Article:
Opinion

Four Key Elements for a BIM/Revit project

 

When implementing new BIM processes and technology, AEC firms often have an initial cost for software, hardware, training and support and they may experience a short-term loss of productivity. However, the long-term “Return On Investment” always result in improved efficiency, better coordination and a reduction in errors and rework. From our experience, four (4) key elements contribute to the success of a BIM/Revit project are:

1.Staffing

  • Staffing is importantly “number one” element that can make or break a project. Project team members with real-world Revit project experience and/or computational design skills (Dynamo) can often lead to a better project’s results and overall ROI.

2.Support

  • The role of a BIM Manager/Coordinator (aka “the Man”) who can wear different hats is crucial to any BIM implementation plan. So how many hats can the Man handle?
  • At the beginning of any new BIM project, the Man assist the PM with BIM request for proposal and BIM contracts.
  • Once the project kicked off, the Man will advise best practices, implement project workflows, all strategy and training related to design, coordination and documentation of that project, including proper staffing and schedules.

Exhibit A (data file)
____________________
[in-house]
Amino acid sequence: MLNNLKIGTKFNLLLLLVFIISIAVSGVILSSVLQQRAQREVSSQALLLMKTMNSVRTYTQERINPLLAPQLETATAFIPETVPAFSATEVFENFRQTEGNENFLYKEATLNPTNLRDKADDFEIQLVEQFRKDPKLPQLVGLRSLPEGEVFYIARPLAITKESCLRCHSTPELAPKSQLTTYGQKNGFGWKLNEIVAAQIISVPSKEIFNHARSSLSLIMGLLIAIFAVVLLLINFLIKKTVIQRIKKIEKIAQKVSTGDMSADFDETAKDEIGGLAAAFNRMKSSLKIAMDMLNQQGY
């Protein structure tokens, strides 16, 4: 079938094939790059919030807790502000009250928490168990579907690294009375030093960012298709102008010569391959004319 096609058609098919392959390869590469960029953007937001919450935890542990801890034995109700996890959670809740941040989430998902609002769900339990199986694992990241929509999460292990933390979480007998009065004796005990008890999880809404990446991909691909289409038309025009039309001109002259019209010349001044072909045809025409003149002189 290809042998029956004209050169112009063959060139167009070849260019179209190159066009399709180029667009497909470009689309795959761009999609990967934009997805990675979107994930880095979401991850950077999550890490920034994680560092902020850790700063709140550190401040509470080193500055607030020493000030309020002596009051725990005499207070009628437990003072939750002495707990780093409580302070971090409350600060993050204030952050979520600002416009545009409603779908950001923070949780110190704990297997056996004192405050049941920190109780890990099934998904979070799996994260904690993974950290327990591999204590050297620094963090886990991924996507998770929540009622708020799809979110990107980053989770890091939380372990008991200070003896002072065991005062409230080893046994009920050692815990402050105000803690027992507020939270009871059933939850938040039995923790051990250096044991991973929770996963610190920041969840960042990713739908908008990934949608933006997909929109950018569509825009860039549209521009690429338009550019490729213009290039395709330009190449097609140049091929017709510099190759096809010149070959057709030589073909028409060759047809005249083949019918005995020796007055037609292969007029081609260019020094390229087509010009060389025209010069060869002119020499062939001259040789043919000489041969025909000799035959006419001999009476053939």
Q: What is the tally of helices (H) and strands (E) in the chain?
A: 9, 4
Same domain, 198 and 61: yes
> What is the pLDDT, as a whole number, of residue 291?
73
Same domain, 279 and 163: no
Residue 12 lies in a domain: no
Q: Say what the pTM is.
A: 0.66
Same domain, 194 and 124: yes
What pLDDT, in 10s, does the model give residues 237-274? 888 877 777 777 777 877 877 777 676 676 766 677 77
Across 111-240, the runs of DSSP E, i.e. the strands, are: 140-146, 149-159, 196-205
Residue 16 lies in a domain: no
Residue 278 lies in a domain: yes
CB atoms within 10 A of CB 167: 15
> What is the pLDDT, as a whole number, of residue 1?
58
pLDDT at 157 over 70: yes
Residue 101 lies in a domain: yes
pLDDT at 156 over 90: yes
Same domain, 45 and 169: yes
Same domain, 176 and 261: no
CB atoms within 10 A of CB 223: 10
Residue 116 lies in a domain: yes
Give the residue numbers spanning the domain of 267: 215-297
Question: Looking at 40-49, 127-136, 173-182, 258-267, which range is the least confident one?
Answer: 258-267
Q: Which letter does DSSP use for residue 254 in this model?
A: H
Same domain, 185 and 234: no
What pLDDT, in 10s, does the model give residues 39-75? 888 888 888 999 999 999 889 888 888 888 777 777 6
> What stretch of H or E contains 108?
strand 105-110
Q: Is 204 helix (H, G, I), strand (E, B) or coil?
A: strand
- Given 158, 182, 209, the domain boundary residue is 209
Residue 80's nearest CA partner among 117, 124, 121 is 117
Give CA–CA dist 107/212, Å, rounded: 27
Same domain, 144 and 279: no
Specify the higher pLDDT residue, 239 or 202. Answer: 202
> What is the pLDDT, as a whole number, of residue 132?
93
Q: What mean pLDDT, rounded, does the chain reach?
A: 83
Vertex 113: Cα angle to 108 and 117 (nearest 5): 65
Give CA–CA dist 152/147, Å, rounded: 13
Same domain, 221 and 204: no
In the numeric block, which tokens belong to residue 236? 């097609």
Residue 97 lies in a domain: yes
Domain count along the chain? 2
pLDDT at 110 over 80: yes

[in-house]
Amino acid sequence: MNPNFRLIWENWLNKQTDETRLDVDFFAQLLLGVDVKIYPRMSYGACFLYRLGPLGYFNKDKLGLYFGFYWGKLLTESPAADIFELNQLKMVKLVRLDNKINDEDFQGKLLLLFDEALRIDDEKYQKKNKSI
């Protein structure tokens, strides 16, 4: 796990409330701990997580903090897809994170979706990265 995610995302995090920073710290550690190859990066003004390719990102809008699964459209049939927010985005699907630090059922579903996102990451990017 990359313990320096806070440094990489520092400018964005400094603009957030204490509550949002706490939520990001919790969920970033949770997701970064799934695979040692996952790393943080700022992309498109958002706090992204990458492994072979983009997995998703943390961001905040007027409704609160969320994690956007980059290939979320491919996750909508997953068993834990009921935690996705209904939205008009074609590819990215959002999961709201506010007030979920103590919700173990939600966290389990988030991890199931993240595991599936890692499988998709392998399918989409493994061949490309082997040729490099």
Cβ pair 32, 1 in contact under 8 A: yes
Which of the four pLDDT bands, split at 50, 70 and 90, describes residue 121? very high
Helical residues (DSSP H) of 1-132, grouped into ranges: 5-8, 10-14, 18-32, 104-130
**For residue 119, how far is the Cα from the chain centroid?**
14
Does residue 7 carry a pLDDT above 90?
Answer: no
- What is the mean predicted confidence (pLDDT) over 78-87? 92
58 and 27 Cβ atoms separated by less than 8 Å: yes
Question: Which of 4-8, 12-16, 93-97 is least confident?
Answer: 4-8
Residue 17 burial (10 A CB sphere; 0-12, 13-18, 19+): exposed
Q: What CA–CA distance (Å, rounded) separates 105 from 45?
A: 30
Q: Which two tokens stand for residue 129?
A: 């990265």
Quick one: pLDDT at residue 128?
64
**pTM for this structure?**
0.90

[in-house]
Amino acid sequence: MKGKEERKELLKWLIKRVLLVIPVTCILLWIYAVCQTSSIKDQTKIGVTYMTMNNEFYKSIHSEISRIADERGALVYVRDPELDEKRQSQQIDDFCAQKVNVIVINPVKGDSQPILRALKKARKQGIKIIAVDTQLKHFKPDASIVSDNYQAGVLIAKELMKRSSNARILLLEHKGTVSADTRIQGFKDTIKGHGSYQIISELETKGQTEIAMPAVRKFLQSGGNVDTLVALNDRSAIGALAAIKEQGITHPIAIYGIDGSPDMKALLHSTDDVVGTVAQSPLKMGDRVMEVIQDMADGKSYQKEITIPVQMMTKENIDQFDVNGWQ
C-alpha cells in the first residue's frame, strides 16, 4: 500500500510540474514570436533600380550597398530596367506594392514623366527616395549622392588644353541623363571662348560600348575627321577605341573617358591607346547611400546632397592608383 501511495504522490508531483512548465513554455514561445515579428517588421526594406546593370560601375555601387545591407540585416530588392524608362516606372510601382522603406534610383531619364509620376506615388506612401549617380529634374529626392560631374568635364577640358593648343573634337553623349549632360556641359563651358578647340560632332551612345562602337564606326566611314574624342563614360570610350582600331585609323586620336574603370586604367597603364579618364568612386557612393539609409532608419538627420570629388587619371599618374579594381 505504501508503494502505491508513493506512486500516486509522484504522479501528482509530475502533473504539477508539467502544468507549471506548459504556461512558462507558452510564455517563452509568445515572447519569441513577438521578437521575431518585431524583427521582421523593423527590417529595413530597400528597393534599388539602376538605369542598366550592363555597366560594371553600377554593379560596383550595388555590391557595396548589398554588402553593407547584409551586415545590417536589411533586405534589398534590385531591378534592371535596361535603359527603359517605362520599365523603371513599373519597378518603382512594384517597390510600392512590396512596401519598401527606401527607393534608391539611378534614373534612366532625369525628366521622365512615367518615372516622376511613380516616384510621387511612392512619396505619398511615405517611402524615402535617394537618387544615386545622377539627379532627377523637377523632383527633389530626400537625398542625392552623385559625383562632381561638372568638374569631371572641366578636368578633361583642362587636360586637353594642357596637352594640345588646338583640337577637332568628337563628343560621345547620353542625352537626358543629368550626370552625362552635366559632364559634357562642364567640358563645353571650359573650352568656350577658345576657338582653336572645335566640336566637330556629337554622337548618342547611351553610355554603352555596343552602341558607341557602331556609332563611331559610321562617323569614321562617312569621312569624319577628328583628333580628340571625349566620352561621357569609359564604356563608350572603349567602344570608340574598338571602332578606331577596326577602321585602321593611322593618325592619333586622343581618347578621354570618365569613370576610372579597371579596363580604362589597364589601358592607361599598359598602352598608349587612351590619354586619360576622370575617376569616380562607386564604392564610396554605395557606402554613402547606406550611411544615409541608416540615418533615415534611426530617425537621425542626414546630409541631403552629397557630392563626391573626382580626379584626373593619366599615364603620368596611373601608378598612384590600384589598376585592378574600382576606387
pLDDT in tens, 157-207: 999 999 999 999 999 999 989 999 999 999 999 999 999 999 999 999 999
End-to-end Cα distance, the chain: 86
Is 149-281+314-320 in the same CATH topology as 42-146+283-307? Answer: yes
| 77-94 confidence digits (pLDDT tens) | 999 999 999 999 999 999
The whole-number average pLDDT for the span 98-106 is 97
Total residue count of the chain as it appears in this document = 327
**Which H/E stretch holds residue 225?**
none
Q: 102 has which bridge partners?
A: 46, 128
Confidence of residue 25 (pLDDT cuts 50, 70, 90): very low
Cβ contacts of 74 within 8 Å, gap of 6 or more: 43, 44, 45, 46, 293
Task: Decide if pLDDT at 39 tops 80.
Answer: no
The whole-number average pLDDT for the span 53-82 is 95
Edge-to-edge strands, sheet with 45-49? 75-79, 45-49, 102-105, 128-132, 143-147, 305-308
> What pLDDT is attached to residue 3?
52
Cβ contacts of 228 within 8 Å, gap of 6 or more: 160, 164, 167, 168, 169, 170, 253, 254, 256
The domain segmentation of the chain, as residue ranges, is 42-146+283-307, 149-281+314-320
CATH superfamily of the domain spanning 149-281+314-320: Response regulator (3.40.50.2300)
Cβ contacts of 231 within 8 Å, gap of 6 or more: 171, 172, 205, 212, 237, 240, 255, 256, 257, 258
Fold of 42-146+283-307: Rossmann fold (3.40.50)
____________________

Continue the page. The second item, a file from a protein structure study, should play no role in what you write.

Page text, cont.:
• At the end of any project’s milestones, the Man may conduct a brief team survey to collect information regarding overall experience and whether BIM workflow is advantageous to the project.
  • In his non-billable hours, the Man work with IT department to setup a Common Data Exchange (CDE) environment to share Revit files between offices and/or third-party consultants (i.e. Panzura, Talon Fast, A360 Collaboration, Revit Server…). He prepare Revit deployments and any related Revit/BIM software and add-ins and coordinate with IT for future roll outs. He review the current and new BIM tools and processes and make recommendation to the studios.
  • Finally yet importantly, the Man also need to maintain BIM/Revit Templates /Standards and a Firm wide Revit content library.

3.Training

  • It is obvious that new BIM skills are not only important for a BIM project but also for any team member who wish to improve their professional skills. Training courses are only helpful if it is tailored to a specific project with focus on “a task at hand” approach. A BIM Manager should meet with project team weekly to reinforce best practices and to provide ongoing project training for the entire project teams.
  • In order to keep the momentum going after the basic training, a BIM/Revit User Group training series ranging from basic to advanced topics need to occur once or twice per month.
  • In-house training curriculum are much more helpful than standard curriculum from the training vendors.

4.Top Down Backup

  • There will be better chance of success if top principals of the firm back a BIM implementation plan. With the top-down policy approach, project teams will see BIM/Revit skills are a “must have” and not “nice to have” to survive within the organization.   

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